countdown to Andrew Bird: One Day
Dear Andrew Bird fans,
Can you believe it? We’re in the home stretch.
As a point of ritual, I began my fast of Mr. Bird’s music last night, 48 hours before the live performance. I will follow this with 48 hours of additional fasting post-performance. What I find most important is not listening to ANY music, recorded or otherwise, for at least 12 hours following the show.
But to the point: I recently drove from Amherst, Virginia back home and had occasion to study Mr. Bird’s discography in chronological order during a compact amount of time. Did you know that 514 MB of music is equivalent to a 286 mile drive from Virginia Center for the Creative Arts to Bakersville, North Carolina? Likewise, said sound files amount to 92 songs, chronicling Mr. Bird’s discography in the following order:
1. Music of Hair (1997)
2. The Swimming Hour (2001)
3. Weather Systems (2003)
4. Andrew Bird and the Mysterious Production of Eggs (2005)
5. Armchair Apocrypha (2007)
6. Soldier On (2008)
7. Noble Beast and Useless Creatures (2009)
Note I did not include any of Mr. Bird’s “Bowl of Fire” work and I skipped the album w/ the girl and the dress on the cover because it didn’t have new work on it. Likewise, I skipped Live in Montreal (2008) for the same reason.
I began by asking the following questions:
1. How does Mr. Bird’s use of the “I” pronoun evolve over the course of time?
While I initially supposed that the I pronoun would dissolve the more famous Mr. Bird became, as happens with many musicians, this theory was quickly disproved. The I is still there on Noble Beast, loud and clear as ever. Where with Music of Hair the “I” literally doesn’t sound *like* Mr. Bird nor does his voice sound like one he truly feels on a personal level, by Weather Systems (which also carried the debut of his famous WHISTLING) we hear Mr. Bird’s voice come more into it’s own. He ditches the lower ranges of the earlier albums and ventures into a more audible, strongly felt and heard middle range. By Noble Beast we get falsettos and some high, long, tremellos. All of this is to say that as Mr. Bird’s use of the I pronoun matured through refined, image-filled lyrics over time, so, too, the unwritten “I” of the actual sound of his voice matured as the singer literally “found*his* voice,” as they say. Note: One test of a truly unique musician is often whether or not his music can be covered. Who covers Andrew Bird? Um. Nobody. But if you listen to Music of Hair, he covers some things and could be covered himself. Not so with Noble Beast and a handful of the more recent albums.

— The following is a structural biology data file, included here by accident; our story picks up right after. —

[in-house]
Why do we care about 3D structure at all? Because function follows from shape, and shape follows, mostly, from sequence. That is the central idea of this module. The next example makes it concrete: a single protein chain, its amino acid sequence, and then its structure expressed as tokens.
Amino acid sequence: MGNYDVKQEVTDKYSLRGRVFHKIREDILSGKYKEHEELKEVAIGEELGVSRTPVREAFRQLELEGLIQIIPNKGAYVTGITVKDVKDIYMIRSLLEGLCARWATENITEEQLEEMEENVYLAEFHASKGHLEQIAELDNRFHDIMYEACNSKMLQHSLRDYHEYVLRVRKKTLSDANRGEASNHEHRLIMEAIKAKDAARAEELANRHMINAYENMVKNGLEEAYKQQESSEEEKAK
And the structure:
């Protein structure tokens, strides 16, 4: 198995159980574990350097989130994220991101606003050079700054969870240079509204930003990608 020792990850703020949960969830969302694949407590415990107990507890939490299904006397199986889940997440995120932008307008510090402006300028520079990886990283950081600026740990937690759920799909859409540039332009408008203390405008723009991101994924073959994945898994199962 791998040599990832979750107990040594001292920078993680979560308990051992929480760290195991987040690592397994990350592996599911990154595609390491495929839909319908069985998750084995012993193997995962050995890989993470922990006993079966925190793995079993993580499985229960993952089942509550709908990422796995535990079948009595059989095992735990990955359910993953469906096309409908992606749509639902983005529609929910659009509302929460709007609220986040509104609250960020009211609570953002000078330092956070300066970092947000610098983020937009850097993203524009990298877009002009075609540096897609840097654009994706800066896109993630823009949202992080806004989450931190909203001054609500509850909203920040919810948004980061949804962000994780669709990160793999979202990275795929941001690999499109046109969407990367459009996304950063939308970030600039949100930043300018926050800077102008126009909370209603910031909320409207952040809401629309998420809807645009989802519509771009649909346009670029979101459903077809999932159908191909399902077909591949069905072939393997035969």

2. What are the most striking (to my ear) improvements in Mr. Bird’s musical craft over time?
Hands down, the most noticeably improved element of musical craft that I noticed when listening to this much of Mr. Bird’s music in quick succession is the refinement of layers. If you know Mr. Bird’s music, you know how he builds each song and that he layers many instruments over the top of another, looping back soundbytes and harmonizing with himself. Indulge me for a moment here and take this very fitting example under consideration: Listen to the opening track on Armchair Apocrypha, “Fiery Crash.” There is a dramatic musical marking of the line “…something apropos, I don’t know…” at 1:35. Notice how that commands our attention and is followed by immediate and intense layering. But listen closely and you will hear a bit of sloppiness. Is this the fact of the production or the producer? Was it Mr. Bird’s preference that these layers be somewhat indistinct? I like to think not but that reveals my bias. Now, compare that musical moment to the opening song of his next full length EP, Noble Beast. The first song is “Oh No” and focus on the lyrics around 1:32. Again, we reach a distinct place in the content of the narrative and in the musical experience followed by immediate and intense layering. But notice how much more distinct Mr. Bird’s vocals are this time, and then notice how clearly you can hear the various layers afterwards.
I know that Mr. Bird did some work with Wilco and their recording studio for Noble Beast. And I don’t know if he had a different producer for Noble Beast than his other albums, but without a doubt, this singer has filtered a mountain’s worth of snow through a sifter and let each delicate flake fall with distinct, crafted intention. It feels as though suddenly he is absolutely positive that he wants to be heard. Not just heard, but *understood*. There’s no hiding on Noble Beast, despite all the musical layers and lyrical metaphors, each track is very present and direct. It’s hard to pull off simplicity without sounding simplistic.
Ok, I’m starting to get abstract which means I have to stop myself.
This time two years ago I was dreaming in Andrew Bird lyrics. I can’t say the same has happened to me this go-round, but we still have one night till showtime…